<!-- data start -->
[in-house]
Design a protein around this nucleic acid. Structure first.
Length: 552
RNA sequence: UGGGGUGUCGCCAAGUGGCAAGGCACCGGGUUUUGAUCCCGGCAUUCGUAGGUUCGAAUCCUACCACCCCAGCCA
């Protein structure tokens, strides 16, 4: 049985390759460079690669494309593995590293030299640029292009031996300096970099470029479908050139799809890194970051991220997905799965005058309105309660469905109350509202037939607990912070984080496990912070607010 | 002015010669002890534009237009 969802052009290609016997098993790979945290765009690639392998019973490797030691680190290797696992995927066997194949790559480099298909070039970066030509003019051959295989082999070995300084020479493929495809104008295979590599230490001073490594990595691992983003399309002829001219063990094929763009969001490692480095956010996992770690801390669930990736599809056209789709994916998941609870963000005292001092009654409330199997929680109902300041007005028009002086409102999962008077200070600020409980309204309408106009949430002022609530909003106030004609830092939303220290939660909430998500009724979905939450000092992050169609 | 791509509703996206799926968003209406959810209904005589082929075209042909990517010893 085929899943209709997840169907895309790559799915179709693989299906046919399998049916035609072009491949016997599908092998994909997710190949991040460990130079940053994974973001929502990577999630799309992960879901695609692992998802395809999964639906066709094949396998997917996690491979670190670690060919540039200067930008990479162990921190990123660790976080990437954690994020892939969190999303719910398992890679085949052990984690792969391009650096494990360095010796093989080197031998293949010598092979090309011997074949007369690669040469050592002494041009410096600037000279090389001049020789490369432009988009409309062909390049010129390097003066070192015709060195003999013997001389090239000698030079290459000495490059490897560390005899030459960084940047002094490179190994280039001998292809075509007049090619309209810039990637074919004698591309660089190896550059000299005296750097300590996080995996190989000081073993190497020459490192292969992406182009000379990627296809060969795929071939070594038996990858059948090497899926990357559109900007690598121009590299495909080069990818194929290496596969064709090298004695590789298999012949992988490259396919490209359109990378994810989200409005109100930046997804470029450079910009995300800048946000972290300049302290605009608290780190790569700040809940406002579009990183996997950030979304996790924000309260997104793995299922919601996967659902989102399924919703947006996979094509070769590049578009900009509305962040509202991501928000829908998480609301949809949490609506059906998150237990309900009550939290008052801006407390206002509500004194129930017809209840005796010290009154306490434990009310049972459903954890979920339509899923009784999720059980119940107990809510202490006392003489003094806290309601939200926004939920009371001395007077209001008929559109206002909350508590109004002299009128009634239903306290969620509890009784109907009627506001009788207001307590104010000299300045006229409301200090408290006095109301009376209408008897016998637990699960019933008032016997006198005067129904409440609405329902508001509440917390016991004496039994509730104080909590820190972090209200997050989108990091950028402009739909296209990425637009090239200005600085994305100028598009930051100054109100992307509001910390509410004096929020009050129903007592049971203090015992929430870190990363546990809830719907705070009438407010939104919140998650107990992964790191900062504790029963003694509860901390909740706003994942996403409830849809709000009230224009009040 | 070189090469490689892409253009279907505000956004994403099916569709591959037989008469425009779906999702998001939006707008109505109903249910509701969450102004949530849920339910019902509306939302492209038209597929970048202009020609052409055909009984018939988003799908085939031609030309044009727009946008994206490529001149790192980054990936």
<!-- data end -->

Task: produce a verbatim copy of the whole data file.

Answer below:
[in-house]
Design a protein around this nucleic acid. Structure first.
Length: 552
RNA sequence: UGGGGUGUCGCCAAGUGGCAAGGCACCGGGUUUUGAUCCCGGCAUUCGUAGGUUCGAAUCCUACCACCCCAGCCA
């Protein structure tokens, strides 16, 4: 049985390759460079690669494309593995590293030299640029292009031996300096970099470029479908050139799809890194970051991220997905799965005058309105309660469905109350509202037939607990912070984080496990912070607010 | 002015010669002890534009237009 969802052009290609016997098993790979945290765009690639392998019973490797030691680190290797696992995927066997194949790559480099298909070039970066030509003019051959295989082999070995300084020479493929495809104008295979590599230490001073490594990595691992983003399309002829001219063990094929763009969001490692480095956010996992770690801390669930990736599809056209789709994916998941609870963000005292001092009654409330199997929680109902300041007005028009002086409102999962008077200070600020409980309204309408106009949430002022609530909003106030004609830092939303220290939660909430998500009724979905939450000092992050169609 | 791509509703996206799926968003209406959810209904005589082929075209042909990517010893 085929899943209709997840169907895309790559799915179709693989299906046919399998049916035609072009491949016997599908092998994909997710190949991040460990130079940053994974973001929502990577999630799309992960879901695609692992998802395809999964639906066709094949396998997917996690491979670190670690060919540039200067930008990479162990921190990123660790976080990437954690994020892939969190999303719910398992890679085949052990984690792969391009650096494990360095010796093989080197031998293949010598092979090309011997074949007369690669040469050592002494041009410096600037000279090389001049020789490369432009988009409309062909390049010129390097003066070192015709060195003999013997001389090239000698030079290459000495490059490897560390005899030459960084940047002094490179190994280039001998292809075509007049090619309209810039990637074919004698591309660089190896550059000299005296750097300590996080995996190989000081073993190497020459490192292969992406182009000379990627296809060969795929071939070594038996990858059948090497899926990357559109900007690598121009590299495909080069990818194929290496596969064709090298004695590789298999012949992988490259396919490209359109990378994810989200409005109100930046997804470029450079910009995300800048946000972290300049302290605009608290780190790569700040809940406002579009990183996997950030979304996790924000309260997104793995299922919601996967659902989102399924919703947006996979094509070769590049578009900009509305962040509202991501928000829908998480609301949809949490609506059906998150237990309900009550939290008052801006407390206002509500004194129930017809209840005796010290009154306490434990009310049972459903954890979920339509899923009784999720059980119940107990809510202490006392003489003094806290309601939200926004939920009371001395007077209001008929559109206002909350508590109004002299009128009634239903306290969620509890009784109907009627506001009788207001307590104010000299300045006229409301200090408290006095109301009376209408008897016998637990699960019933008032016997006198005067129904409440609405329902508001509440917390016991004496039994509730104080909590820190972090209200997050989108990091950028402009739909296209990425637009090239200005600085994305100028598009930051100054109100992307509001910390509410004096929020009050129903007592049971203090015992929430870190990363546990809830719907705070009438407010939104919140998650107990992964790191900062504790029963003694509860901390909740706003994942996403409830849809709000009230224009009040 | 070189090469490689892409253009279907505000956004994403099916569709591959037989008469425009779906999702998001939006707008109505109903249910509701969450102004949530849920339910019902509306939302492209038209597929970048202009020609052409055909009984018939988003799908085939031609030309044009727009946008994206490529001149790192980054990936």